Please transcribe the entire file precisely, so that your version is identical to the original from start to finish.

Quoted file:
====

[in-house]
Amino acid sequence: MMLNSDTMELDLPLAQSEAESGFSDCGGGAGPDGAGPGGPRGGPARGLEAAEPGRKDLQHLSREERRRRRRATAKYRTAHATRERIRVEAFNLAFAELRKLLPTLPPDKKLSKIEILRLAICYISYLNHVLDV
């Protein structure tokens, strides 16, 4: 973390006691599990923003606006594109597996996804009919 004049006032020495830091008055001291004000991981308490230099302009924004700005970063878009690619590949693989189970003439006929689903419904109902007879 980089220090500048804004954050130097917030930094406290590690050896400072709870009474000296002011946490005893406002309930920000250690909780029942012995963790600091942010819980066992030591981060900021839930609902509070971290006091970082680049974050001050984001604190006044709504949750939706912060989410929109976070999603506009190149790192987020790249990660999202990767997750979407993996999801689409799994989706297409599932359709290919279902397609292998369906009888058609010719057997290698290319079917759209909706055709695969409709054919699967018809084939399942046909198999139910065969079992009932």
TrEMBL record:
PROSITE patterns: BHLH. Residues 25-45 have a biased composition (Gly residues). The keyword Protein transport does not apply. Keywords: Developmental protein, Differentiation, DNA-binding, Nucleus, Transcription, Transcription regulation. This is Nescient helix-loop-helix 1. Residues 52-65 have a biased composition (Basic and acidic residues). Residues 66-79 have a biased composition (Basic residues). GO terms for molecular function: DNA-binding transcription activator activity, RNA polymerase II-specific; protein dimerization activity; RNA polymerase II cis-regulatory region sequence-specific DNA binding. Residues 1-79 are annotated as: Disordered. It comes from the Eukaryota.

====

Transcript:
[in-house]
Amino acid sequence: MMLNSDTMELDLPLAQSEAESGFSDCGGGAGPDGAGPGGPRGGPARGLEAAEPGRKDLQHLSREERRRRRRATAKYRTAHATRERIRVEAFNLAFAELRKLLPTLPPDKKLSKIEILRLAICYISYLNHVLDV
């Protein structure tokens, strides 16, 4: 973390006691599990923003606006594109597996996804009919 004049006032020495830091008055001291004000991981308490230099302009924004700005970063878009690619590949693989189970003439006929689903419904109902007879 980089220090500048804004954050130097917030930094406290590690050896400072709870009474000296002011946490005893406002309930920000250690909780029942012995963790600091942010819980066992030591981060900021839930609902509070971290006091970082680049974050001050984001604190006044709504949750939706912060989410929109976070999603506009190149790192987020790249990660999202990767997750979407993996999801689409799994989706297409599932359709290919279902397609292998369906009888058609010719057997290698290319079917759209909706055709695969409709054919699967018809084939399942046909198999139910065969079992009932």
TrEMBL record:
PROSITE patterns: BHLH. Residues 25-45 have a biased composition (Gly residues). The keyword Protein transport does not apply. Keywords: Developmental protein, Differentiation, DNA-binding, Nucleus, Transcription, Transcription regulation. This is Nescient helix-loop-helix 1. Residues 52-65 have a biased composition (Basic and acidic residues). Residues 66-79 have a biased composition (Basic residues). GO terms for molecular function: DNA-binding transcription activator activity, RNA polymerase II-specific; protein dimerization activity; RNA polymerase II cis-regulatory region sequence-specific DNA binding. Residues 1-79 are annotated as: Disordered. It comes from the Eukaryota.